Luka Garza, the star center for the Iowa men’s basketball team, said many teams feel similarly because there was no closure on the court in the spring.

ImageLuka Garza of Iowa playing against Purdue last year.
Luka Garza of Iowa playing against Purdue last year.Credit…Charlie Neibergall/Associated Press

“We worked so hard to put ourselves in a position to make the N.C.A.A. tournament and possibly make a run in the Big Ten tournament,” Garza said after scoring 41 points against Southern on Friday. He added: “In the off-season, I just went into the gym and started working out again. It hit me later, like a month later, that the season was finally over and I took a break.”

Dayton could have had a top seed in the N.C.A.A. men’s tournament last season and was primed for a deep run with Obi Toppin, the consensus national player of the year who was drafted by the Knicks last month. Dayton’s coach, Anthony Grant, said he has been telling his players to “be where your feet are” and not focus on last year, even though it’s easy to speculate.

Grant’s approach makes sense in a sport where much changes season to season and this team’s goals are its own. The same rings true for the Oregon women, even as this season carries its own uncertainty as the coronavirus cases increase.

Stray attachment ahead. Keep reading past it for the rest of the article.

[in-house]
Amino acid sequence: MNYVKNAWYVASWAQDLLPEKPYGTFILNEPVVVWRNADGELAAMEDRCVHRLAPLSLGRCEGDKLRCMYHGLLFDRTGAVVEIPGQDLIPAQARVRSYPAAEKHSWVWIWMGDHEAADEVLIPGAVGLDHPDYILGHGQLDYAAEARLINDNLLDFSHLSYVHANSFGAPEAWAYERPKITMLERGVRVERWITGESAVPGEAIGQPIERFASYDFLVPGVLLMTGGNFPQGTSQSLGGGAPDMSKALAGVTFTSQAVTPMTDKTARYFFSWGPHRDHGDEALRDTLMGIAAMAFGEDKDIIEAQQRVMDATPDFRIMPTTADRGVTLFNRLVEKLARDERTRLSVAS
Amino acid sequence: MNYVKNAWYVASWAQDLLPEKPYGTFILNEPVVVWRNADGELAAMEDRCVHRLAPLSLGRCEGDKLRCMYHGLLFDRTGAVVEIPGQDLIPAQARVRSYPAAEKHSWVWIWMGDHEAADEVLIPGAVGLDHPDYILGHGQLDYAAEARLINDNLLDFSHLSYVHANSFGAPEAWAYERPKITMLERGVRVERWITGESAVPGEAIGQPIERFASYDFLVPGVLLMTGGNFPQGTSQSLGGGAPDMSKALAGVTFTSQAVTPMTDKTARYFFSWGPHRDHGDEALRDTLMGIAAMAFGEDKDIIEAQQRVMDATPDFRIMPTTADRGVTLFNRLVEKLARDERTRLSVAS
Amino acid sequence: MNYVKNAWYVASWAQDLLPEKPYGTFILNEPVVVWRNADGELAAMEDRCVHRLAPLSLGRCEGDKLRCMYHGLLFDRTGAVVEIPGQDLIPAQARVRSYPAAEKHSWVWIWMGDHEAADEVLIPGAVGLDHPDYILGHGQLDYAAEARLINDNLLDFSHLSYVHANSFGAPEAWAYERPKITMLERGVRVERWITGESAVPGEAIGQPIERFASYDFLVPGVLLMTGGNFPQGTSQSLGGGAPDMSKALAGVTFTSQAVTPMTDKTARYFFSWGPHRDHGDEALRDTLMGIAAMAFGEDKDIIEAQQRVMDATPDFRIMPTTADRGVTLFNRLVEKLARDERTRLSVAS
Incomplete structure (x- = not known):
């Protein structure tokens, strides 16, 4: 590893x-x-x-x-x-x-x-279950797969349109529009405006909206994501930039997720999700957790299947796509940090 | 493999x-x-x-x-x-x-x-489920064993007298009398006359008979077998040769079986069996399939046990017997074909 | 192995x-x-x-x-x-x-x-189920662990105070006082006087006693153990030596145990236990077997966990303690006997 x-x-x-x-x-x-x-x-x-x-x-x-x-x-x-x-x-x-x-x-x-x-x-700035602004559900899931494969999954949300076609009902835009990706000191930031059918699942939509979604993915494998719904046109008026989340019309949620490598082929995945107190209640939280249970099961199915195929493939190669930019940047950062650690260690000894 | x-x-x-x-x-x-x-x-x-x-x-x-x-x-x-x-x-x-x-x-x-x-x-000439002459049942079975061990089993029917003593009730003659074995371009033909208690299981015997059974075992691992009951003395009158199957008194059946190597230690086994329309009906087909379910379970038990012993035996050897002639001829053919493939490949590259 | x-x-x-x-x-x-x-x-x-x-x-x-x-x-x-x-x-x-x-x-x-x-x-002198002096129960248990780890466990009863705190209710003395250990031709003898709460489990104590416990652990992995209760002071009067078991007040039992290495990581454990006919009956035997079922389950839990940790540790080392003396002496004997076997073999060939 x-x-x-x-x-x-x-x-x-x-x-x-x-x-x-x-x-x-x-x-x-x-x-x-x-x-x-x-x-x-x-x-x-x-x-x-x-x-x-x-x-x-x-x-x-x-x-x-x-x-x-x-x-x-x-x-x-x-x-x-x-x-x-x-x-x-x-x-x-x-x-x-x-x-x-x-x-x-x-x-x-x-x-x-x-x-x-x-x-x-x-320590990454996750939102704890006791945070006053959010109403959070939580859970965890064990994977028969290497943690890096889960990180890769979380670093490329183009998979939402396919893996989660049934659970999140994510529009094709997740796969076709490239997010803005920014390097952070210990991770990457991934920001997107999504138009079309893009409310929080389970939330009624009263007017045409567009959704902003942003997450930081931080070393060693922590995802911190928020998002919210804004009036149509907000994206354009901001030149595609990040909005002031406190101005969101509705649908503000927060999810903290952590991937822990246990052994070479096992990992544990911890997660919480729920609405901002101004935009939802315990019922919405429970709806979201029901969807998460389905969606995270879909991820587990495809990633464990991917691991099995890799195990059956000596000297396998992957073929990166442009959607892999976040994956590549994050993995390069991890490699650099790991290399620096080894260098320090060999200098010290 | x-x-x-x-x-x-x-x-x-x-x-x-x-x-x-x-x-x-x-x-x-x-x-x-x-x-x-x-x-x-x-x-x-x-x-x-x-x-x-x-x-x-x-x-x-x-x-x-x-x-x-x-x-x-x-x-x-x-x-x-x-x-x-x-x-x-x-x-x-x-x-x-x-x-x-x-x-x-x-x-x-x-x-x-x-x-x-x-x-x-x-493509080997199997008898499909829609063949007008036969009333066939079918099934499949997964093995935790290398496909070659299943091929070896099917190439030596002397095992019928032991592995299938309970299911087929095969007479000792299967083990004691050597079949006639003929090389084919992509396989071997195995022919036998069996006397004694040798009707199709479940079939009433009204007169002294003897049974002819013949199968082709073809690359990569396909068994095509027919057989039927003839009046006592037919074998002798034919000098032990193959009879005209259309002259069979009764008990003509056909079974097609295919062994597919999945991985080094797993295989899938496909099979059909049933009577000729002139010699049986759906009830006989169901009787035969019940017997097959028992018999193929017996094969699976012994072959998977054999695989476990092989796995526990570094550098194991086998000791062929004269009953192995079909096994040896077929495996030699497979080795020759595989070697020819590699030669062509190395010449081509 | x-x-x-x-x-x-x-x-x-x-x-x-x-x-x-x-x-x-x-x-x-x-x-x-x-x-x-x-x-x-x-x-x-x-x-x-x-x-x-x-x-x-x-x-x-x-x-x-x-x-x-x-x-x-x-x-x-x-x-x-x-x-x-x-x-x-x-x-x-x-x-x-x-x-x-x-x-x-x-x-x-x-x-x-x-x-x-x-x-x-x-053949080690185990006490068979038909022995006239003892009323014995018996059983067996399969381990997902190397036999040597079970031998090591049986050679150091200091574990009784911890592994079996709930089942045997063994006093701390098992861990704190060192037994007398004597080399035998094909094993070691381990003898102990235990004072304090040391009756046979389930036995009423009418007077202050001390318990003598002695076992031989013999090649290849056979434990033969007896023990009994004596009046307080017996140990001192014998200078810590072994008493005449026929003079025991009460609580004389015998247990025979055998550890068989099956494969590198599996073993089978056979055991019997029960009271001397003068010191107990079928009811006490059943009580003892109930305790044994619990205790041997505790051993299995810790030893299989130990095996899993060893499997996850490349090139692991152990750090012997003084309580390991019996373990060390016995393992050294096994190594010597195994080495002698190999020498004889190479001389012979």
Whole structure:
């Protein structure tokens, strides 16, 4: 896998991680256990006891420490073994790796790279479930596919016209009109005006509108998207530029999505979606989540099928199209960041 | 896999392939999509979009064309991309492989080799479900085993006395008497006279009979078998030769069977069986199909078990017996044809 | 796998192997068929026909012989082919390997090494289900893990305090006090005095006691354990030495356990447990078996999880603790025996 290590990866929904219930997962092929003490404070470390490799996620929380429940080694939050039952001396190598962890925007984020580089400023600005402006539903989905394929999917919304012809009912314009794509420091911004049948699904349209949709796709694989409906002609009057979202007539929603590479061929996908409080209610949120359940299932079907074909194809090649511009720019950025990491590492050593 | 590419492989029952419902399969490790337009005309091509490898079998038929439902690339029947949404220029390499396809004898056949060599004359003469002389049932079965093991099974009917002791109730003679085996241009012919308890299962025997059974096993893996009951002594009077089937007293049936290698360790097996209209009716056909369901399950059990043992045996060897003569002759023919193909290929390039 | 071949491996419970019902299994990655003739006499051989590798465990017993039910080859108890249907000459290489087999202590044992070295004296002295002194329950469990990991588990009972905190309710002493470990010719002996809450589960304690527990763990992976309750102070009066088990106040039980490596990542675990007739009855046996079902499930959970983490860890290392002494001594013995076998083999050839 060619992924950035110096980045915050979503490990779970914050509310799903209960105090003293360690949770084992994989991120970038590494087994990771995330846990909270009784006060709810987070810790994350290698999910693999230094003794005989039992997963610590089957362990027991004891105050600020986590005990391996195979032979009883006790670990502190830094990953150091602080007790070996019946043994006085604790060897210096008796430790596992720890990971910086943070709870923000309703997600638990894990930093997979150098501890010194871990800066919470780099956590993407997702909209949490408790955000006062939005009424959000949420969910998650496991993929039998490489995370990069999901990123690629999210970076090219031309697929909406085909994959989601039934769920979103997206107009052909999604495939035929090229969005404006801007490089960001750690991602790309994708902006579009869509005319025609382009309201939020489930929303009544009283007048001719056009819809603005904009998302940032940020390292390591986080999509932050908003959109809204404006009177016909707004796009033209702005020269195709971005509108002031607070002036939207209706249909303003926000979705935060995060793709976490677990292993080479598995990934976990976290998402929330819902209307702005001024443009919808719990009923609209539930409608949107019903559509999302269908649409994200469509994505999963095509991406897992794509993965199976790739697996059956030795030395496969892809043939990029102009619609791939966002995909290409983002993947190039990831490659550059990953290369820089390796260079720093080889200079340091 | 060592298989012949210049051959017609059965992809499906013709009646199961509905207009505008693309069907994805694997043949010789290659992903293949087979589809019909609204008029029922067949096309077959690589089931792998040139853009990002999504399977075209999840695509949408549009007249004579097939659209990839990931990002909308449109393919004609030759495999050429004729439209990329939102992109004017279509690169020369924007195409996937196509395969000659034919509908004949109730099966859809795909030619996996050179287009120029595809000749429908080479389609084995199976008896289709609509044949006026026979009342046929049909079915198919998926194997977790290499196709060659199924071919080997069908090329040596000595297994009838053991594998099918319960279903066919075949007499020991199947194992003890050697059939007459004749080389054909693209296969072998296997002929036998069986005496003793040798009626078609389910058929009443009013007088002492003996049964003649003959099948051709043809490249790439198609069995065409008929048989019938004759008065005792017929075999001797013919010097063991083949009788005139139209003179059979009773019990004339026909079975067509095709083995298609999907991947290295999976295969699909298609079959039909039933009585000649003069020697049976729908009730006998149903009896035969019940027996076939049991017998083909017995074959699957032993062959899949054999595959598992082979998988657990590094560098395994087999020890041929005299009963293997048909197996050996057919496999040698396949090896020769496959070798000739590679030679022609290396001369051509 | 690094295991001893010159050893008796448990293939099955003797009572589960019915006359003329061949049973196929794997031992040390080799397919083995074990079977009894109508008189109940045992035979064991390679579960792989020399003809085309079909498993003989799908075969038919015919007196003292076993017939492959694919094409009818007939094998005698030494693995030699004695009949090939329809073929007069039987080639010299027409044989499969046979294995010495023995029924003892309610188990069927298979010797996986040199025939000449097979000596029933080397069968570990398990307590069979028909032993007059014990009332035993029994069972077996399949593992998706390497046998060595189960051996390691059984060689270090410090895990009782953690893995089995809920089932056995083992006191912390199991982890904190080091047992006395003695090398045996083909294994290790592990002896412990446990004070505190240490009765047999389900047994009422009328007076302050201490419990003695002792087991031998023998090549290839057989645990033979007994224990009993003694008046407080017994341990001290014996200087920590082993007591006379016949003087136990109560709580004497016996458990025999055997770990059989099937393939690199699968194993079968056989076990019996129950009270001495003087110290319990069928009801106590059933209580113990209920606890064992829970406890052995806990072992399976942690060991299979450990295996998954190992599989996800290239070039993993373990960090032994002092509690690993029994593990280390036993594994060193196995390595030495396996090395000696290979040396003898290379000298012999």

“Everyone that gets recruited here is a winner here, I don’t think that changes,” said Oregon guard Taylor Chavez, who won the Pac-12 Conference’s Sixth Player of the Year Award last season. “The path to that will look different, but the goal is to win as many games as you can and have fun doing it. Nothing has changed with the goals.”

Those ambitions are clearly visible at Oregon’s practice courts, where signs on the walls have empty spaces for future accomplishments and a listing of N.C.A.A. tournament appearances include an interesting notation: “2020.” When the N.C.A.A. tournaments were canceled, there were no official brackets released (though Oregon certainly would have earned a No. 1 seed and automatically qualified for the women’s tournament because it had won the Pac-12 final).